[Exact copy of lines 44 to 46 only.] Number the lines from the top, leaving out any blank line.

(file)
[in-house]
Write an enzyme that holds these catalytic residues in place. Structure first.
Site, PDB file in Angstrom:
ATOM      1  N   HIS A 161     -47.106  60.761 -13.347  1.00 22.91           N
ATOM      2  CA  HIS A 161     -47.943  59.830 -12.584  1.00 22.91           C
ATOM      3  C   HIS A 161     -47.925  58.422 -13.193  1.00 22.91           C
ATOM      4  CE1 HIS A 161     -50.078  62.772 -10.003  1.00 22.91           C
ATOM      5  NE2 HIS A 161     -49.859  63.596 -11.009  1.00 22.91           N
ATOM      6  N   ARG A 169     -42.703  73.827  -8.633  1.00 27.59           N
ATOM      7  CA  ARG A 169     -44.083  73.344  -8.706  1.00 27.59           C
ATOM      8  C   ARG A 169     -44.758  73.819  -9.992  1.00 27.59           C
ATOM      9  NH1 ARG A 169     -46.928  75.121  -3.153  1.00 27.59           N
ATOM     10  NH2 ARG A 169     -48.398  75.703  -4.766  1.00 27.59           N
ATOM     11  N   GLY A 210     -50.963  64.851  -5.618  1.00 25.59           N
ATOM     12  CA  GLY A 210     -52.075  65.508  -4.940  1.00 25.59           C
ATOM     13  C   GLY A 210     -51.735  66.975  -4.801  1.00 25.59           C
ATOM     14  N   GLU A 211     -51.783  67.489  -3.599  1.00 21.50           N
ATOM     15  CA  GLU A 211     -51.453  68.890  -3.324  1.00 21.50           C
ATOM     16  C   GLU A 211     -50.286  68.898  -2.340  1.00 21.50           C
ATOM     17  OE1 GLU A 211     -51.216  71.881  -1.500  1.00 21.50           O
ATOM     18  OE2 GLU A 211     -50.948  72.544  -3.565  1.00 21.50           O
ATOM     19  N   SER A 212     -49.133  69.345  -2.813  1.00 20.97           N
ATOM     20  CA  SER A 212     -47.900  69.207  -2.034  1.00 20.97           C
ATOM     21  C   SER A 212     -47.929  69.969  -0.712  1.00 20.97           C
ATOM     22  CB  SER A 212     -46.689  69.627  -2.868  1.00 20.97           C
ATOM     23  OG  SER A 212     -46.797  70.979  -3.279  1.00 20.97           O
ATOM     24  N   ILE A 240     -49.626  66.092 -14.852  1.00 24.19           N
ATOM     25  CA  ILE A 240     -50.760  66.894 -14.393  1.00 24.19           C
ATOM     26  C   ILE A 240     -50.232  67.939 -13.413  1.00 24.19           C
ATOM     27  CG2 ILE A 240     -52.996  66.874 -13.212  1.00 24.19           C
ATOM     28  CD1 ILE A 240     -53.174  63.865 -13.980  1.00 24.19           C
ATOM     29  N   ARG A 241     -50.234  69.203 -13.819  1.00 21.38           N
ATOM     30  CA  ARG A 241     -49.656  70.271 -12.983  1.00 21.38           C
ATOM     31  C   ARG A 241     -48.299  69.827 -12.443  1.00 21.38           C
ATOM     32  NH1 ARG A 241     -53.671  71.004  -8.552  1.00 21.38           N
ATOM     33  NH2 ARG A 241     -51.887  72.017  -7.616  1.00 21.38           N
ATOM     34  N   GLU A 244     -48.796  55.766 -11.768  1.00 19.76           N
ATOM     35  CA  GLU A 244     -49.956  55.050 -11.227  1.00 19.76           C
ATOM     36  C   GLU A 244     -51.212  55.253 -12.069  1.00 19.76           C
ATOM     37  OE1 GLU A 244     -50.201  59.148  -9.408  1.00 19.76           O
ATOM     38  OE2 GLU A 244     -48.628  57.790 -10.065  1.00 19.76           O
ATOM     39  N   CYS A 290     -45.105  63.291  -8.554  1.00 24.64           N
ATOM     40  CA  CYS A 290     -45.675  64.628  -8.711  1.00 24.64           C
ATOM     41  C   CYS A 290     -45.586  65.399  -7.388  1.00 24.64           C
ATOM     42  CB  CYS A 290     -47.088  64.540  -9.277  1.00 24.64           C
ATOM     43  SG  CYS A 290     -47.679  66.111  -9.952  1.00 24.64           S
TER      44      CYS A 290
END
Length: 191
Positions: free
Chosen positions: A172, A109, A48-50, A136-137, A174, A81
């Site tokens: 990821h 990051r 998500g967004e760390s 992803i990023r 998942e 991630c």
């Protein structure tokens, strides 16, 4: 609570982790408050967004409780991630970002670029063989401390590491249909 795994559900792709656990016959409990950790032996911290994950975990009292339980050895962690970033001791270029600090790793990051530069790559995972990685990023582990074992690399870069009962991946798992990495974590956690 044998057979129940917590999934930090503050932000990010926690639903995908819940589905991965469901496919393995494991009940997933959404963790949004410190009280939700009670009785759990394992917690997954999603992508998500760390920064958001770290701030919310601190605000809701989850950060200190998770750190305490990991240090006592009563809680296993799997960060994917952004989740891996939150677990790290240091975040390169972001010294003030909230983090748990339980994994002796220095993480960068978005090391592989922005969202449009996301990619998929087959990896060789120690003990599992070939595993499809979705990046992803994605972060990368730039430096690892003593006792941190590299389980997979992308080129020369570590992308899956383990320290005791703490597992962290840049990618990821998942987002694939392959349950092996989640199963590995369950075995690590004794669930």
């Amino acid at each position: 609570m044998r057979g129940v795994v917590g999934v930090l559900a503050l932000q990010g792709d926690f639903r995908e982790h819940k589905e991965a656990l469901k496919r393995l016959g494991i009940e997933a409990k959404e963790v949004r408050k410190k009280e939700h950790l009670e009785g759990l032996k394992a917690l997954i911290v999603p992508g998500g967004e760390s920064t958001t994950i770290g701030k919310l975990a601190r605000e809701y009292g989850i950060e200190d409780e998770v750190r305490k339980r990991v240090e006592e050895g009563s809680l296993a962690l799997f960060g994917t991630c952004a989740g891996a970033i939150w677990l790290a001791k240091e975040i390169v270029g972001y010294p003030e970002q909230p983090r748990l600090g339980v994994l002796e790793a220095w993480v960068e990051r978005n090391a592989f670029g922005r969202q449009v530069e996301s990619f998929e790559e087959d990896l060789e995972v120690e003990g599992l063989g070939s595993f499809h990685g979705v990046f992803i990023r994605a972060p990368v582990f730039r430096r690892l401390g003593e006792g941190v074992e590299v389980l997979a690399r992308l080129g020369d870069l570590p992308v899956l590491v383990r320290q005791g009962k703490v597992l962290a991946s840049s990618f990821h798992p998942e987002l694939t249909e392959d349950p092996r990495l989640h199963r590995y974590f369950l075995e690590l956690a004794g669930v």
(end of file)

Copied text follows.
ATOM     41  C   CYS A 290     -45.586  65.399  -7.388  1.00 24.64           C
ATOM     42  CB  CYS A 290     -47.088  64.540  -9.277  1.00 24.64           C
ATOM     43  SG  CYS A 290     -47.679  66.111  -9.952  1.00 24.64           S